Nevada is set to enter the Green Zone this summer. Namely, the state is the first out of the block of the states that legalized medical use in last November’s election to actually implement legal recreational sales.
The state legislature and governor have rushed through a regulatory scheme to get the state’s legal marijuana business up and running less than a year after voters legalized the same at the voting booth. As a result, legal recreational sales are set to begin here on July 1.
In sharp contrast, California, Maine, and Massachusetts which legalized recreational use at the same time will not begin sales until 2018.
Governor Sandoval, however, wants to make sure his state is in a position to collect what could be close to $70 million in marijuana taxes by 2019 to fund schools, roads, and bridges in his state.
Further, Nevada’s production and licensing scheme have been set up for this possibility from the start.
Why is Nevada’s System Different?
While every legalizing state so far has been different, Nevada’s story is not only intriguing. It also is one of the few states who has been in this with a long eye from the beginning.
Part of this is understanding the economy in Nevada. It is basically a sandy desert with no coast. Its main industries, if not its most flamboyant and headline-grabbing ones, literally, have been in the “sin” industries. Las Vegas was originally created by the mob as a way to party outside of California state law.
Attracting old people who gamble, and younger ones who want to be entertained in some way has always been the stock in trade of the state. Prostitution is also legal here. And while the medical efficacy of the drug is important here like anywhere else, that has also always been seen as a way to prop up other industries. That is why Nevada gave visitors the first state reciprocal medical marijuana rights in the country.
That is also why the state is moving, like a rocket, to set up the next piece of a lucrative industry and ultimately financed and supported by people who want to either have a good time, feel relief from pain, or a little bit of both.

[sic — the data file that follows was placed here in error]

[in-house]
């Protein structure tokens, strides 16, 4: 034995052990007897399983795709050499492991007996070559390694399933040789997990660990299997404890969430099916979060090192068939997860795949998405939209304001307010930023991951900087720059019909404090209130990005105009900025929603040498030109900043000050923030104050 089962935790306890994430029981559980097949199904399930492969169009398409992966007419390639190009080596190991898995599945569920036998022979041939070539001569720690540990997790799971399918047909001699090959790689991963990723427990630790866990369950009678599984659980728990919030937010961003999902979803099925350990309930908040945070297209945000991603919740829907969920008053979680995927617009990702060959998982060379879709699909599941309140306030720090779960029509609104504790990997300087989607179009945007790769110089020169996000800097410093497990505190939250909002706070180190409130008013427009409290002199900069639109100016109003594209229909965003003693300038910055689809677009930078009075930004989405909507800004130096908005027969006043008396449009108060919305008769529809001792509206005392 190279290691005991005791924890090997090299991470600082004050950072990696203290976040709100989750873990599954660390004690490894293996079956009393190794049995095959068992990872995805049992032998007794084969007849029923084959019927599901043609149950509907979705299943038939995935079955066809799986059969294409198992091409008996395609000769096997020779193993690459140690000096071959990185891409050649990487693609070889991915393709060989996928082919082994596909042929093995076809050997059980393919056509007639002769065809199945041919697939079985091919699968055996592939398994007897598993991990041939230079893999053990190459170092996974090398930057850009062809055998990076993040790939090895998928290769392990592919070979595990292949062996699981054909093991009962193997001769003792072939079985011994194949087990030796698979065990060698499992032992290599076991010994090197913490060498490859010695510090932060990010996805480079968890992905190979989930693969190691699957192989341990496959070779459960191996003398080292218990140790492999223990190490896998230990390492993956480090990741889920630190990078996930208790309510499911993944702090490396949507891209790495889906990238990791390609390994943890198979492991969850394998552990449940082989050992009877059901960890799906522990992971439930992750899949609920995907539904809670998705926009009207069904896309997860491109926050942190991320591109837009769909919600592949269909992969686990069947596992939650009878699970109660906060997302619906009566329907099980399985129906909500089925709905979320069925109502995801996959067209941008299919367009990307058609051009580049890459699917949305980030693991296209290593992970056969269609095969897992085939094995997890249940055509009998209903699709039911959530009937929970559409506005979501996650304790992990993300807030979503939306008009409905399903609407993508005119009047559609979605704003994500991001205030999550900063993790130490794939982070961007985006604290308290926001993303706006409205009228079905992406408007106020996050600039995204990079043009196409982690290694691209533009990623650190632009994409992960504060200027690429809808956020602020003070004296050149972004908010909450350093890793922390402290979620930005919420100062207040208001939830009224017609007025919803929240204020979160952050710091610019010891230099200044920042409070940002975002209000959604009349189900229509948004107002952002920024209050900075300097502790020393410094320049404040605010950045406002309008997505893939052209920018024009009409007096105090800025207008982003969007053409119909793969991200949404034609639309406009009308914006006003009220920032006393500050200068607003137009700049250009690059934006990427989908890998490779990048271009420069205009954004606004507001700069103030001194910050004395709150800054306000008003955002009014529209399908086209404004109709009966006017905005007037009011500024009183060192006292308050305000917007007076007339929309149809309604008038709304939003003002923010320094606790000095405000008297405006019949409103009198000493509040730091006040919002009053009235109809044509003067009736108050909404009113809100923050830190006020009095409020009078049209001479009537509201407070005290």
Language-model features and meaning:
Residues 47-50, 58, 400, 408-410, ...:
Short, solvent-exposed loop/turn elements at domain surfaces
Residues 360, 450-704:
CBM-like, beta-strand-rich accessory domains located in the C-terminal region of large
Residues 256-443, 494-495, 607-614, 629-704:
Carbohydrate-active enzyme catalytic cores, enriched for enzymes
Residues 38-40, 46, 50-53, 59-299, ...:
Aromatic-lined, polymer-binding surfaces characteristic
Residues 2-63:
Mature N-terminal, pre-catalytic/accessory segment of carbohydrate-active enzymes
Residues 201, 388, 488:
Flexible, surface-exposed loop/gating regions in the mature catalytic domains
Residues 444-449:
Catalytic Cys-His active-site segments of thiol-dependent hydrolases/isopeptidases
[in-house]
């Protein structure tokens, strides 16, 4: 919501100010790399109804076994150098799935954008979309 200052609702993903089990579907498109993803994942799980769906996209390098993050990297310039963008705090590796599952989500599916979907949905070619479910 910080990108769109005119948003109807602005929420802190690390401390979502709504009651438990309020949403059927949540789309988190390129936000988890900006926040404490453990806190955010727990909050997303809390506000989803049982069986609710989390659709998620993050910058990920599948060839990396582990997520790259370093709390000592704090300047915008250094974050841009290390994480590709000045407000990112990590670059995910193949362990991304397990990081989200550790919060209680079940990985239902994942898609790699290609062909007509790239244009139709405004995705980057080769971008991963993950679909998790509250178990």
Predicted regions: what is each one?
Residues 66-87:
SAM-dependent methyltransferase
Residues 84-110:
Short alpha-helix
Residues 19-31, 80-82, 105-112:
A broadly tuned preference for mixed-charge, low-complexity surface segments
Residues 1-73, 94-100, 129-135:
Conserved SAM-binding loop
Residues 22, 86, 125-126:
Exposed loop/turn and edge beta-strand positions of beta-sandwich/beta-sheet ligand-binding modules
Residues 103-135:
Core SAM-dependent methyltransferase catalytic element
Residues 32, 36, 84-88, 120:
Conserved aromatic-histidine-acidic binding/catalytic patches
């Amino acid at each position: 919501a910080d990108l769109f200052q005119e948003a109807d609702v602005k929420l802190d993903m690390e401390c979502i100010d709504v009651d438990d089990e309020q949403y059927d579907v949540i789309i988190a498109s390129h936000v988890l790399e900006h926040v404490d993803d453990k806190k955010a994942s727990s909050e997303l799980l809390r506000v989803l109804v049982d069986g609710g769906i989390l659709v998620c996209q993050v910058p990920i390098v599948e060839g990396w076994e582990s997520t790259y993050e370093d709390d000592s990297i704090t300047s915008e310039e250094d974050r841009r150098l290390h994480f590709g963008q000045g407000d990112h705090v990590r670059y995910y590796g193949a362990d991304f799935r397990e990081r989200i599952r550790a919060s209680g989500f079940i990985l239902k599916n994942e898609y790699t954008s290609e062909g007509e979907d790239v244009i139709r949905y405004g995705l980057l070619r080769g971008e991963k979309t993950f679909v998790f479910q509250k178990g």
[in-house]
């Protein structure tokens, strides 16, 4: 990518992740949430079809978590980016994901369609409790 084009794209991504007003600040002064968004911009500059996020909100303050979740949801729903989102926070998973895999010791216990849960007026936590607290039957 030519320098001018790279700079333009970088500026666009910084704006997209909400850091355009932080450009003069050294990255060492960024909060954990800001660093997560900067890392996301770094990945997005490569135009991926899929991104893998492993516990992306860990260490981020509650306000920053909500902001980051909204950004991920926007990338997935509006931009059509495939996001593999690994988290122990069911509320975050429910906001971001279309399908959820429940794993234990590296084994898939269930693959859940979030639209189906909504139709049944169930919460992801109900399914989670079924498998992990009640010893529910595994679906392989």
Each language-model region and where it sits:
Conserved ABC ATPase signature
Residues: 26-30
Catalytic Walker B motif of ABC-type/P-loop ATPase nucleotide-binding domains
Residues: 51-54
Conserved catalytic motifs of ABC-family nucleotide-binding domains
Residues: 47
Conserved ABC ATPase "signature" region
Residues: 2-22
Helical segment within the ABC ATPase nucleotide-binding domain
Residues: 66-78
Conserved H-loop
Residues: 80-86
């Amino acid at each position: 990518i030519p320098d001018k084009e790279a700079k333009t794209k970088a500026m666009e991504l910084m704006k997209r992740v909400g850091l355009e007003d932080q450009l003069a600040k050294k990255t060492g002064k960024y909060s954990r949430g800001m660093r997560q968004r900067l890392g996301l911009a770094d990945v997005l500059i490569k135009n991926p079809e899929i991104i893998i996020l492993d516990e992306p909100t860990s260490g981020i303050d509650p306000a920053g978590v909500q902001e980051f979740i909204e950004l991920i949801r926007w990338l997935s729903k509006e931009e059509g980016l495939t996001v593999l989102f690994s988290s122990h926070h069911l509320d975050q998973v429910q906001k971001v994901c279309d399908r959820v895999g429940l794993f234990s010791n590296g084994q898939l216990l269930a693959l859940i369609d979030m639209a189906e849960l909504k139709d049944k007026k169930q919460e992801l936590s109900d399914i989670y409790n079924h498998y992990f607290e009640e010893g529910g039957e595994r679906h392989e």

What the New Regulations Allow
The licensing process will allow both existing medical dispensaries in good standing to continue to operate as well as allow new entrants to the recreational market. The taxation department will also set the tone for how many shops are allowed to operate per county.
In counties with a population of more than 700,000, the state will allow up to 80 cannabis stores. That means Las Vegas of course. Counties with a population of 55,000 and under will only be served by two stores. The rest fall in the middle.
Medical sales will be taxed at 2%. Recreational users will pay 15% sales tax.
Obviously, this means that for Nevada, the bulk of business operations will be connected to the gambling industry in some way. Further, it also means the state is clearly targeting the lucrative tourism industry.
Ultimately what this also means is that the majority of the state industry will be targeted to tourists. And the majority of those tourists, whether they are sick or not, will also probably end up paying the higher cannabis tax. Short term visitors who want to maximize gambling and leisure time do not want to waste time looking for medical dispensaries.
What this also means, in effect, is that Nevada is the first state to successfully begin to target canna tourism. Other states so far have shied away from this. However, this is undoubtedly a huge part of the state’s focus. It is also clear that this has been the case right from the start.
What this Means for the State
In being a kind of “first” again this time around, Nevada is not trying to rewrite pot history in other ways. They are going for speed, not creativity. That means they are also adopting ideas from other states and even their own booming medical industry.
This means on the taxation front, Nevada is also well set up to enter the recreational fray from the business side in a way that no other state except Oregon so far has been able to capitalize on. The state will also not go through the tortuous and ultimately self-defeating process seen in Washington State.
The way that Nevada is legalizing the whole industry, as well as shaping tax law to obtain maximum revenue from recreational use will undoubtedly be watched. It will also serve, particularly if successful, as a model for how other states will approach the issue of recreational reform. That means that Nevada could influence California’s legalization process. It could also mean eventually, that what was done in Nevada to capture the revenue from out of state canna tourists might become the model adopted by the country.